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Trends Parasitol. 2009 Jun;25(6):256-60. doi: 10.1016/j.pt.2009.03.004. Epub 2009 May 5.

Purinergic signaling and immune modulation at the schistosome surface?

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  • 1Molecular Helminthology Laboratory, Division of Infectious Diseases, Department of Biomedical Sciences, Tufts University, Cummings School of Veterinary Medicine, Grafton, MA 01536, USA.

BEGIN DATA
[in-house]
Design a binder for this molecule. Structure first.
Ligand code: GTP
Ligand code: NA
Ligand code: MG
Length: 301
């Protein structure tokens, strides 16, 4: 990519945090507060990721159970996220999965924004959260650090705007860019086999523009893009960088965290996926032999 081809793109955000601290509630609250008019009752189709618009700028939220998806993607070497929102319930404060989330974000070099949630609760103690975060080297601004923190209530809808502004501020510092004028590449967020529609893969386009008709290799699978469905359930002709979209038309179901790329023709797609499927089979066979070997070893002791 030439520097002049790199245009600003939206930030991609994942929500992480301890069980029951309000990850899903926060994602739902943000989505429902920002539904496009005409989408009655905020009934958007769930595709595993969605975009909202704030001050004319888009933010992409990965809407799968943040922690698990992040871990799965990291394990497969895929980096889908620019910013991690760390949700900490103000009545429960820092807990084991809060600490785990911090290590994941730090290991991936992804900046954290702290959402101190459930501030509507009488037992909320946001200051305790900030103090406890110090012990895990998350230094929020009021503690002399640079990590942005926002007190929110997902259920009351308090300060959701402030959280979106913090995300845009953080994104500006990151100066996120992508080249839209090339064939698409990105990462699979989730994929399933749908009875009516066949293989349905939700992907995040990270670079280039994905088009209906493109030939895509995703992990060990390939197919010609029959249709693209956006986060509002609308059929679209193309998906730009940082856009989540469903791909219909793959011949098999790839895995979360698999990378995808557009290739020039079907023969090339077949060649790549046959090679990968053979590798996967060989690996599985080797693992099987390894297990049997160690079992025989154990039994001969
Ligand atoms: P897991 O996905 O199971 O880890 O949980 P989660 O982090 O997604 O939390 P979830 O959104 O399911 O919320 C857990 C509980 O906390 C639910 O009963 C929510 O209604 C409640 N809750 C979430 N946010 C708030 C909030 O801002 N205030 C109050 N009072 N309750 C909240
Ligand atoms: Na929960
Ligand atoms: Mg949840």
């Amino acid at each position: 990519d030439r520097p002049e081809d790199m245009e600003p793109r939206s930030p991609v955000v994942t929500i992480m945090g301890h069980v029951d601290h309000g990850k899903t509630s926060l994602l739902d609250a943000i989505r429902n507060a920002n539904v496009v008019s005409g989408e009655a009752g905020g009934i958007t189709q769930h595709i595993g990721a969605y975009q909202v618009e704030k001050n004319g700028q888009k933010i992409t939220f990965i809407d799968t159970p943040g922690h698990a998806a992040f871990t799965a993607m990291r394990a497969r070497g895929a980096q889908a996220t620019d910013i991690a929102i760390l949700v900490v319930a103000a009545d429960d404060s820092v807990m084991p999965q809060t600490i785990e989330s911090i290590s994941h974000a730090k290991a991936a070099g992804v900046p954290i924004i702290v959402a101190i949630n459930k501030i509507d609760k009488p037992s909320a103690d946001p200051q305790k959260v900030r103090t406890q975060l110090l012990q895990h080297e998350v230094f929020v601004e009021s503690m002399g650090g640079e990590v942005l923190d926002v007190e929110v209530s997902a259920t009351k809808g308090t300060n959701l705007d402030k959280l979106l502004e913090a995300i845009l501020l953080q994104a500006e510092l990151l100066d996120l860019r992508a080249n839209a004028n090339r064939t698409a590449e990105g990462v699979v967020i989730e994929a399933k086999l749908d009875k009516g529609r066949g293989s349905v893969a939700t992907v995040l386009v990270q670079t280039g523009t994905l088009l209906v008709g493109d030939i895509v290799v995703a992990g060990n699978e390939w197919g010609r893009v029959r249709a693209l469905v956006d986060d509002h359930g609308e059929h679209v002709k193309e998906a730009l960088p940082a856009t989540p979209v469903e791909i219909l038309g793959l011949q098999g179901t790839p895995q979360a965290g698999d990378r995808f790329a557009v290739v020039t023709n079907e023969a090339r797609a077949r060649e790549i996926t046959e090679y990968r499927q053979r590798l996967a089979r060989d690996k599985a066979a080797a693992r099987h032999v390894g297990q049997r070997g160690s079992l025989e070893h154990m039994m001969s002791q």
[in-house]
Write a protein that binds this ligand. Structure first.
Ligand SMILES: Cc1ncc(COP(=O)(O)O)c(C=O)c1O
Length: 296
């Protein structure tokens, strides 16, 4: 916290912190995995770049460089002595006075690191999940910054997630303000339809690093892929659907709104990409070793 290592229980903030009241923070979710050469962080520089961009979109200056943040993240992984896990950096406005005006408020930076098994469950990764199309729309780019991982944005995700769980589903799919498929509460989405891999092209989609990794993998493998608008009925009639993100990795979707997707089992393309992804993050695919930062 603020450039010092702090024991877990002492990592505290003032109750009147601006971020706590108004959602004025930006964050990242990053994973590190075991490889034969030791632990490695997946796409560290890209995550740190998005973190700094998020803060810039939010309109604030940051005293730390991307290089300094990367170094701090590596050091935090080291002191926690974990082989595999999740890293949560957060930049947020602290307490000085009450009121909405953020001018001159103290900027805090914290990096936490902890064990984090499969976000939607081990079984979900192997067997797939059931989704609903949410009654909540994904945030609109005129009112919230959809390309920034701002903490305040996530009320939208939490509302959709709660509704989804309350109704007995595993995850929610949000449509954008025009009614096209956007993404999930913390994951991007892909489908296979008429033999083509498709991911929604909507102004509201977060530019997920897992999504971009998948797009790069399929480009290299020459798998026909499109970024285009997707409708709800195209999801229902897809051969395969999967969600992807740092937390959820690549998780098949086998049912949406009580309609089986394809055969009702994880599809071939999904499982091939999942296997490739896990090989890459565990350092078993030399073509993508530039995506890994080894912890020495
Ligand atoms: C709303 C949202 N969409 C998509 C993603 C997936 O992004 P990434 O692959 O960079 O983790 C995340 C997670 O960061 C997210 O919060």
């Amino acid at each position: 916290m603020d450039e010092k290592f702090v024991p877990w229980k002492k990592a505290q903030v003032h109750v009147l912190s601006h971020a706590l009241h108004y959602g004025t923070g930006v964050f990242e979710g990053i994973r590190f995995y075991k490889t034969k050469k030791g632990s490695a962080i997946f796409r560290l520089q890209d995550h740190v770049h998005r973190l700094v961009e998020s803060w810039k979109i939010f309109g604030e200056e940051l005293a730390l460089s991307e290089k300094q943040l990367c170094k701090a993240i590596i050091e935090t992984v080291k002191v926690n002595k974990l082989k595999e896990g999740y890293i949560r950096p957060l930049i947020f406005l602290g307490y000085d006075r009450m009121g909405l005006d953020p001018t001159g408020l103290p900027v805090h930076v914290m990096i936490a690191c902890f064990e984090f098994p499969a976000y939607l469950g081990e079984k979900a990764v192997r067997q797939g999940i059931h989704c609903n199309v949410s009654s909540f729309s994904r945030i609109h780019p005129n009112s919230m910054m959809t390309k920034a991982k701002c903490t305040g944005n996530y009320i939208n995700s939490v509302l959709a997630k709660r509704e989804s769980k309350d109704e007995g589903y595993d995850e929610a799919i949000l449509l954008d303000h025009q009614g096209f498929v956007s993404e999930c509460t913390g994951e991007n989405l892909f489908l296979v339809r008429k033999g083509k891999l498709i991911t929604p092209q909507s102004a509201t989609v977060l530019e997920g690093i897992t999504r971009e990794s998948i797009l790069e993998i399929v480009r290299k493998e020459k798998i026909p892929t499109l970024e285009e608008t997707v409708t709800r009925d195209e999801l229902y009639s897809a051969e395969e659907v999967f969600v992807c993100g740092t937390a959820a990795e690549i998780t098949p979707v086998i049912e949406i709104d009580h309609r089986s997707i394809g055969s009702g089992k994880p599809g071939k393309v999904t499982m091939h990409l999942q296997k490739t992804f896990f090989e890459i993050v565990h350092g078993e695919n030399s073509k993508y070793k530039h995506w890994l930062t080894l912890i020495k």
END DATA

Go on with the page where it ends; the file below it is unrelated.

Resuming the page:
After tissue stress or injury, intracellular ATP can be released into the extracellular environment. This signals cell damage because extracellular ATP acts as a danger-associated molecular pattern (DAMP) that is potently proinflammatory. Vertebrates temper this effect by catabolizing ATP to adenosine - a strongly anti-inflammatory molecule - using a set of characterized ecto-enzymes (notably alkaline phosphatase, phosphodiesterase and ATP diphosphohydrolase). Strikingly, schistosomes in the bloodstream have this same set of ATP-catabolizing enzymes on their tegumental surfaces. It is our opinion that these function to remove the DAMP (ATP) released by host cells in response to schistosome intravascular migration. We propose this as one mechanism by which schistosomes prevent their hosts from focusing immunological mediators in their vicinity.

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